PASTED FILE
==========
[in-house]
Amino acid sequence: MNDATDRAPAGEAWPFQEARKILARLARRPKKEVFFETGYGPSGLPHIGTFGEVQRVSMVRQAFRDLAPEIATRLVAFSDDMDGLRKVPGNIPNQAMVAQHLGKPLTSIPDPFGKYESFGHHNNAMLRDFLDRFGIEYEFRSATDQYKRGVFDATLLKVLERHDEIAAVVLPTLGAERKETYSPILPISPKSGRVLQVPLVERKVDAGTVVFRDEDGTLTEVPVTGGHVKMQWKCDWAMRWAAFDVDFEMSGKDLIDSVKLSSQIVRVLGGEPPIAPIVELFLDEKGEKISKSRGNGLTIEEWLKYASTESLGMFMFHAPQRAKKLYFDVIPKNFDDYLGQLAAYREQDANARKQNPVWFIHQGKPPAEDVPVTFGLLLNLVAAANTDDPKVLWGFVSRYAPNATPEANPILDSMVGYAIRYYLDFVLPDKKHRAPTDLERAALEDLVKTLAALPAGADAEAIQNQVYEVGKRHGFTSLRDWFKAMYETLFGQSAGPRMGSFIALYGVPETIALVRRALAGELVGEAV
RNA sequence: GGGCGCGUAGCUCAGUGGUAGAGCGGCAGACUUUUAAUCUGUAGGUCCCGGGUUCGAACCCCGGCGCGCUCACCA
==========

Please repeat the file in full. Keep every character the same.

[in-house]
Amino acid sequence: MNDATDRAPAGEAWPFQEARKILARLARRPKKEVFFETGYGPSGLPHIGTFGEVQRVSMVRQAFRDLAPEIATRLVAFSDDMDGLRKVPGNIPNQAMVAQHLGKPLTSIPDPFGKYESFGHHNNAMLRDFLDRFGIEYEFRSATDQYKRGVFDATLLKVLERHDEIAAVVLPTLGAERKETYSPILPISPKSGRVLQVPLVERKVDAGTVVFRDEDGTLTEVPVTGGHVKMQWKCDWAMRWAAFDVDFEMSGKDLIDSVKLSSQIVRVLGGEPPIAPIVELFLDEKGEKISKSRGNGLTIEEWLKYASTESLGMFMFHAPQRAKKLYFDVIPKNFDDYLGQLAAYREQDANARKQNPVWFIHQGKPPAEDVPVTFGLLLNLVAAANTDDPKVLWGFVSRYAPNATPEANPILDSMVGYAIRYYLDFVLPDKKHRAPTDLERAALEDLVKTLAALPAGADAEAIQNQVYEVGKRHGFTSLRDWFKAMYETLFGQSAGPRMGSFIALYGVPETIALVRRALAGELVGEAV
RNA sequence: GGGCGCGUAGCUCAGUGGUAGAGCGGCAGACUUUUAAUCUGUAGGUCCCGGGUUCGAACCCCGGCGCGCUCACCA